Praise for Declan Burke: “Burke shows again that he’s not just a comic genius, but also a fine dramatic writer and storyteller.” – Booklist. “Proust meets Chandler over a pint of Guinness.” – Spectator. “Among the most memorable books of the year, of any genre.” – Sunday Times. “A hardboiled delight.” – Guardian. “Imagine Donald Westlake and Richard Stark collaborating on a screwball noir.” – Kirkus Reviews. “A cross between Raymond Chandler and Flann O’Brien.” – John Banville.

Monday, January 14, 2013

A Perennial Blume

All Three Regular Readers will be aware that I’m rather fond of Conor Fitzgerald’s Rome-set Commissioner Blume novels, which have been described by the Sunday Times as filling the gap left by Michael Dibdin – no mean feat, I’m sure you’ll agree. The fourth Blume novel, THE MEMORY THEATRE (Bloomsbury), is due in April, with the blurb elves wibbling thusly:
On a freezing November night in Rome Commissioner Alec Blume is called to the scene of a shooting. The victim, Sofia Fontana, the sole witness to a previous shooting, had been under the questioning of Magistrate Principe, whose deteriorating health is affected by the sad fate of this attractive young woman he had become fond of. Sidestepping protocol, Blume takes the case from Principe. His enquiries lead from a professor with a passion for the Art of Memory to a hospitalised ex-terrorist whose injuries have left her mind innocently blank, and back twenty years to a murderous train station bombing in central Italy. But Blume’s disregard for authority, and refusal to kowtow to the politics endemic to the Carabinieri, look set to derail not just the investigation, but his troubled relationship with colleague Caterina Mattiola ...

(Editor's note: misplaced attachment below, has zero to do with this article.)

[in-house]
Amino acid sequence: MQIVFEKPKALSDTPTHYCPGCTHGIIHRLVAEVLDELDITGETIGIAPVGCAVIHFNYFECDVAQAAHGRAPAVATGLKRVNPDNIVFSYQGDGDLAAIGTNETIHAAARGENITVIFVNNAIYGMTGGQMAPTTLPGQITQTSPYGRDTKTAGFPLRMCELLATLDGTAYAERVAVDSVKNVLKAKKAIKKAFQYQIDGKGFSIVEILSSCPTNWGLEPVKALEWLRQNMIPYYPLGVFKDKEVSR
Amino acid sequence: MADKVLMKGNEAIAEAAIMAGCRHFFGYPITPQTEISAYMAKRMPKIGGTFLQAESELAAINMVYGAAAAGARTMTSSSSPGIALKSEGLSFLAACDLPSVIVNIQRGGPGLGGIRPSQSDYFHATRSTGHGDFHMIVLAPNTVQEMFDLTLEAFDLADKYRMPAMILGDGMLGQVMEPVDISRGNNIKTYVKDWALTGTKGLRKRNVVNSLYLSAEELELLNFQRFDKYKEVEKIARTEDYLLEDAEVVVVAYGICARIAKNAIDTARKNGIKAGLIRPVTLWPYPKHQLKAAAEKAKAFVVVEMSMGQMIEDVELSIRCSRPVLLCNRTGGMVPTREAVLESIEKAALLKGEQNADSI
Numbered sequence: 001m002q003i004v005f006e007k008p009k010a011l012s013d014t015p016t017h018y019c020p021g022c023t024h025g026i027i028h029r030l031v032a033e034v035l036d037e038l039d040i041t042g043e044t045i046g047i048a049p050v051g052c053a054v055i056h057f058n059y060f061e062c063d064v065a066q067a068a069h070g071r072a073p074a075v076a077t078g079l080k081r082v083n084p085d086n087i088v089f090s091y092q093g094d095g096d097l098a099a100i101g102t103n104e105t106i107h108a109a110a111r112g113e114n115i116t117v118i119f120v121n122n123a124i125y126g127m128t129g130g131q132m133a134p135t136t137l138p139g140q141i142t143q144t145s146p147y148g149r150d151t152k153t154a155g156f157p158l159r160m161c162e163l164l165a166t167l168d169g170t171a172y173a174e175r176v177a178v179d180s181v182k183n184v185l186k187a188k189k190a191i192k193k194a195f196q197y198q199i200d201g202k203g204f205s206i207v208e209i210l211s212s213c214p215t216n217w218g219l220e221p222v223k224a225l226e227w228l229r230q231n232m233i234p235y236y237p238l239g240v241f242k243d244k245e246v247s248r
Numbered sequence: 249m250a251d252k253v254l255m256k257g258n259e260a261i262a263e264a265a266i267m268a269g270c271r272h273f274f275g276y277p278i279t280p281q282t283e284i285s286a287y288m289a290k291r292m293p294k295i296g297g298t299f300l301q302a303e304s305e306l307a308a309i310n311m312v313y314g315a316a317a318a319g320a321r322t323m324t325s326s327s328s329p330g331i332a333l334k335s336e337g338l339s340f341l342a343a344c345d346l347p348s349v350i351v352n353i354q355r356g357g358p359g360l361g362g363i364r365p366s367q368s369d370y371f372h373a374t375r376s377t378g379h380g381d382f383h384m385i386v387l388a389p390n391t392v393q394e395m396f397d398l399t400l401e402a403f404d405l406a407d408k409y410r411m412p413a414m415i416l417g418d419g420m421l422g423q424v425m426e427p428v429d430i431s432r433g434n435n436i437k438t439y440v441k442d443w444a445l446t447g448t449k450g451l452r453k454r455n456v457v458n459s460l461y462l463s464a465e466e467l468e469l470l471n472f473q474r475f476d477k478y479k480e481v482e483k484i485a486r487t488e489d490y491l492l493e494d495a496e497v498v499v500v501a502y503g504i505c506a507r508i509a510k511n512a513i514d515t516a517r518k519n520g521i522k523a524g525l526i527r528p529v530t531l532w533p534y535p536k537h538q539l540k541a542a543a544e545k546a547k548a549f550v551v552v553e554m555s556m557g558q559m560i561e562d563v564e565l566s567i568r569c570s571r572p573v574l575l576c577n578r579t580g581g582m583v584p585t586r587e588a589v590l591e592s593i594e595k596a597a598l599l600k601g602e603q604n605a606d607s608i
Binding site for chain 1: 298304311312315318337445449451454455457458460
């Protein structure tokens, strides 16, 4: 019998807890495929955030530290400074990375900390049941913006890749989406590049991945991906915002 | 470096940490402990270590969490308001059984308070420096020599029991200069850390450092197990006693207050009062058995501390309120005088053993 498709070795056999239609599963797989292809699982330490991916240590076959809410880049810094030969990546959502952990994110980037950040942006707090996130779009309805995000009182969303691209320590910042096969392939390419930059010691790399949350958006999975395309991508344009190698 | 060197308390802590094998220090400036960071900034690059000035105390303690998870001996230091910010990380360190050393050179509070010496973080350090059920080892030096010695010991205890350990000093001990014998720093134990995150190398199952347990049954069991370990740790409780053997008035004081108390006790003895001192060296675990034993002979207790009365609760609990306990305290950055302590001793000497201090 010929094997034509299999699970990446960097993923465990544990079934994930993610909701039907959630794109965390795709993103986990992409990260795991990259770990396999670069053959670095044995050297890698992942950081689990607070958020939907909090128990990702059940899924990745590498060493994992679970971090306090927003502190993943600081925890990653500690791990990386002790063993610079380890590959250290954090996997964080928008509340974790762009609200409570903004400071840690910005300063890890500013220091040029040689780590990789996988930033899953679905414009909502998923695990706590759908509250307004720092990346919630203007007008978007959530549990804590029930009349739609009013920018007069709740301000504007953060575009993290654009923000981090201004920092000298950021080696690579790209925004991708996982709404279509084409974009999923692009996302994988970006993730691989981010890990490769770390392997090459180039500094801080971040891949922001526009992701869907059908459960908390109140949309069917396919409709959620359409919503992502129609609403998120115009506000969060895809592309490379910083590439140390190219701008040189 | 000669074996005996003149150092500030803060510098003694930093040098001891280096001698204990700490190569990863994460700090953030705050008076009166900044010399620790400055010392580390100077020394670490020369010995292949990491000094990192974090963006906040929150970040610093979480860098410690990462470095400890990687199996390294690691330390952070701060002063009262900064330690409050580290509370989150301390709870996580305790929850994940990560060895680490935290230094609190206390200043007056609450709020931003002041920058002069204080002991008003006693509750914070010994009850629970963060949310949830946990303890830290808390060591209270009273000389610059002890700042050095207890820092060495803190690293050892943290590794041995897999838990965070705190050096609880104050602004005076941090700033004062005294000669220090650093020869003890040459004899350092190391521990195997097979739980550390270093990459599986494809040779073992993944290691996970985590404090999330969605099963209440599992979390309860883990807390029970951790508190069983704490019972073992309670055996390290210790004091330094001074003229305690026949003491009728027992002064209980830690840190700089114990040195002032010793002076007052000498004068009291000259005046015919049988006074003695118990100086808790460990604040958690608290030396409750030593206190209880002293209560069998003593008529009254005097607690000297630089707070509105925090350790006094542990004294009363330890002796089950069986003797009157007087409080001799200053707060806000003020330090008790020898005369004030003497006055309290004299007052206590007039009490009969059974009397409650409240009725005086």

I’m very much looking forward to THE MEMORY THEATRE; Conor Fitzgerald’s books tend to be among my reading highlights in any given year. For those of you interested in such things, and have the patience to click through, I’ve reviewed the Blume novels THE FATAL TOUCH here and THE NAMESAKE here. If you’ve reviewed any of Conor Fitzgerald’s novels yourself, please feel free to leave a link …

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